Today is the winter solstice. The darkest day of the year in which we look forward to the light joining us once again. It is also the one week anniversary of the mass shooting in Massachusetts. Since I saw the first post on Facebook about the shooting last Friday, I have not been able to peel myself away.
Children a mere two years older than my daughter are gone from this world, for reasons we may never know. Innocent souls who just wanted to open presents from Santa next Tuesday morning will not have that chance. I see the outpouring of love from around the world, the tears, and the petty bickering all over social media as to who's to blame, and I cannot look away.
I am one of millions of mothers around the world. I was a mom before I fully became a mom. I married a man with two boys, and through some of the early struggles, I adored them from the word "go." I often note that before giving birth, I never cried for movies. I was quite numb to the violence, sadness and fear projected on the silver screen. Giving birth changed all of that. There are movies that I once loved that I can no longer bear to watch. Yet, this 24/7 reality show that is the news acts like another one of those movies, and I cannot look away.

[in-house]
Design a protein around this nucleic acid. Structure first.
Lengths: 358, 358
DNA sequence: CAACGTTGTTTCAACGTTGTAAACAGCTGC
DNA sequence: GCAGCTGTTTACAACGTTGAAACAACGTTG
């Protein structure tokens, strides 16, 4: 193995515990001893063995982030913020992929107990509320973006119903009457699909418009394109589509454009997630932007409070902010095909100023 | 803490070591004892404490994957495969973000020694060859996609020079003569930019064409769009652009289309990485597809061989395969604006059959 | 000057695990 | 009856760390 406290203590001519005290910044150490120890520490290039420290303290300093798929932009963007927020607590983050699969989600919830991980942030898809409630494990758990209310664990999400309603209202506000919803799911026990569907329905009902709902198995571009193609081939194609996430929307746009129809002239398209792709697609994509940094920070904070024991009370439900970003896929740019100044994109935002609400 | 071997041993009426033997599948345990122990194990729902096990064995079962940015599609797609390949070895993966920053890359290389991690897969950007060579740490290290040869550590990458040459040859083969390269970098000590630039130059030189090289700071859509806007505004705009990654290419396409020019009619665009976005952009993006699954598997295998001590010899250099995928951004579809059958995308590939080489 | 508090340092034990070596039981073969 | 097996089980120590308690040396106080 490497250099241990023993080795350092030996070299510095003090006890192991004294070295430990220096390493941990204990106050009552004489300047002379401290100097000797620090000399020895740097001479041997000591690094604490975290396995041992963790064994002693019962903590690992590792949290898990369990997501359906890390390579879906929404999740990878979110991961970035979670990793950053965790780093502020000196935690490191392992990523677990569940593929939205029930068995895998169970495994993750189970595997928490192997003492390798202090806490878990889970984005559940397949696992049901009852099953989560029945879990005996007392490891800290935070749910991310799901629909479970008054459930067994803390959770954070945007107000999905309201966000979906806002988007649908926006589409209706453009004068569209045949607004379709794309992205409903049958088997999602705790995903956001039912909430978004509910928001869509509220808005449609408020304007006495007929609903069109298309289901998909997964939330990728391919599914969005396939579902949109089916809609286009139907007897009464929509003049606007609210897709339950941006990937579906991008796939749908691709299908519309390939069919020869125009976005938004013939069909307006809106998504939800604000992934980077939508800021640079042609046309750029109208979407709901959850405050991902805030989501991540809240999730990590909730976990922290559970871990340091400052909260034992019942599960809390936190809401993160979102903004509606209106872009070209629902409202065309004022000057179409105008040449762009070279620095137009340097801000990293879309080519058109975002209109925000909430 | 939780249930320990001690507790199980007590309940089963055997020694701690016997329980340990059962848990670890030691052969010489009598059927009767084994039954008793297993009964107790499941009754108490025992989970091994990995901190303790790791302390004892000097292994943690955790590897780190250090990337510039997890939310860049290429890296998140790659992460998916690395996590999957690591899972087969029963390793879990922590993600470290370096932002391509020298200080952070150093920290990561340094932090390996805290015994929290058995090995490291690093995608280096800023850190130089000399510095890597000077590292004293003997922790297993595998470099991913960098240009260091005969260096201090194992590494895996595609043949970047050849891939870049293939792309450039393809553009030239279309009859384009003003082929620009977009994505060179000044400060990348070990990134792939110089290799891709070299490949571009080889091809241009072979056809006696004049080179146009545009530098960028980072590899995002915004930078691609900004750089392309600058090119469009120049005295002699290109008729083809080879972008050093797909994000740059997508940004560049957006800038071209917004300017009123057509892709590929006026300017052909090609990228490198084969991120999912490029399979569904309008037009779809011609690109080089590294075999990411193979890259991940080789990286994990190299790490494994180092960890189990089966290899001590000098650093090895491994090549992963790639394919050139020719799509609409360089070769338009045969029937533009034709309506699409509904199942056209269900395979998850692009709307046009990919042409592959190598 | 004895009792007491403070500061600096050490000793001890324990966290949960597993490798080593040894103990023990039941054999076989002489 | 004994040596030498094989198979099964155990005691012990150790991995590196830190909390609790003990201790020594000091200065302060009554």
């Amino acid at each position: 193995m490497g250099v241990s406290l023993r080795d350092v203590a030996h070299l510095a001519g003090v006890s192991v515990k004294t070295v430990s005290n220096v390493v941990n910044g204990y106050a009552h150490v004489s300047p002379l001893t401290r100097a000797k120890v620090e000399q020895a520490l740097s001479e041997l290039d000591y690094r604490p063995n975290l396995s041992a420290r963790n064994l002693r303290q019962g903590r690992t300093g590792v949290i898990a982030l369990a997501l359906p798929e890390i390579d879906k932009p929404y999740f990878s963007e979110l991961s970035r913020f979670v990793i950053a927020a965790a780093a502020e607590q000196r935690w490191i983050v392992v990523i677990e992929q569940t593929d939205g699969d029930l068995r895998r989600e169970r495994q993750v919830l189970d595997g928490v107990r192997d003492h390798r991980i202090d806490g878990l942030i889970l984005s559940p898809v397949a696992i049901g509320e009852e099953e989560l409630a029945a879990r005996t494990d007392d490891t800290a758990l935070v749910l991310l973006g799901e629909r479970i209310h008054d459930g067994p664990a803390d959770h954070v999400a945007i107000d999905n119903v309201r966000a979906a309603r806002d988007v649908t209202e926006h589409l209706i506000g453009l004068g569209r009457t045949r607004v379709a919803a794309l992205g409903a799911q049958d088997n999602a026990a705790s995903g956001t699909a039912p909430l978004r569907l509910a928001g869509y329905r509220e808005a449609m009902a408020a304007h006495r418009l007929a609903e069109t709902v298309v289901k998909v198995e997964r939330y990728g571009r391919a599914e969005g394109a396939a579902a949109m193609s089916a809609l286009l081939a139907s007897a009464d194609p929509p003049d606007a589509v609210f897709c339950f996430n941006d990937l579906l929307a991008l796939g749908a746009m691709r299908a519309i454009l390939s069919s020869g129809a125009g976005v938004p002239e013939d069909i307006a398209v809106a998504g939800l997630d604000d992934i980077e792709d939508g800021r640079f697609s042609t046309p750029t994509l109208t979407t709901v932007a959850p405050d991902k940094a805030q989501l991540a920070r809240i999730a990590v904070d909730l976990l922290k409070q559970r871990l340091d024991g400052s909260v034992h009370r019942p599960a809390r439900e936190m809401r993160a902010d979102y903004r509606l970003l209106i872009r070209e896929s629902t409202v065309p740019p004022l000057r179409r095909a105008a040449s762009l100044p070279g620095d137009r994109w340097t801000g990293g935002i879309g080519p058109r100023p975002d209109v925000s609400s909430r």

Thanks to social media, it takes no more than a click of the mouse to blame the NRA, a lack of God in schools, lack of access to mental wellness care, and what have you for this event. Pardon my moment of lewdness, but fuck all of you. Yes, perhaps it's easier to search for blame than to feel the pain violent tragedy induces. The President was not afraid to shed a tear in front of the camera. Don't be afraid to shed one in the comfort of your monitor's glow. I promise, it's OK. It shows you're still human.
At 9:30 EST the country shared a moment of silence. Here in Wisconsin, it was 8:30 and I was walking my daughter into her school, her purple gloved hand in mine. As I type this, 9:30 CST is approaching, and I will stop and meditate on these thoughts.
I'm completely jealous of the fact that my daughter has no idea what happened last week. I had a short bit of time between appointments that day to stop at her daycare and give her a quick hug and kiss while she ate her lunch after hearing preliminary accounts of the shooting. She had no idea why I was there other than to wish her a fun time at her cousin's birthday party/sleepover that night. She wanted to come home with me right then and there, which is odd, as she loves her daycare and never wants to leave. Alas, I had to go to work, and not see her until the following morning.
I frequently work nights, and don't get home until after the kids are in bed. Every night, I go into my daughter's room and kiss her goodnight. She never wakes, but it's a ritual I've maintained since she's been able to sleep soundly enough for me to pull this off. I cannot fathom having to cease that ritual. The very thought sinks my heart into my stomach.
I know my voice is one of millions around the world who is sharing their condolences. My wish for all of the affected families is that you may go forward today, on the Winter Solstice, and welcome the light back into your world. No person can be replaced. But I hope that, in time, you will receive closure and find a way to forgive. Until such time that absolute peace can be obtained, I will not look away.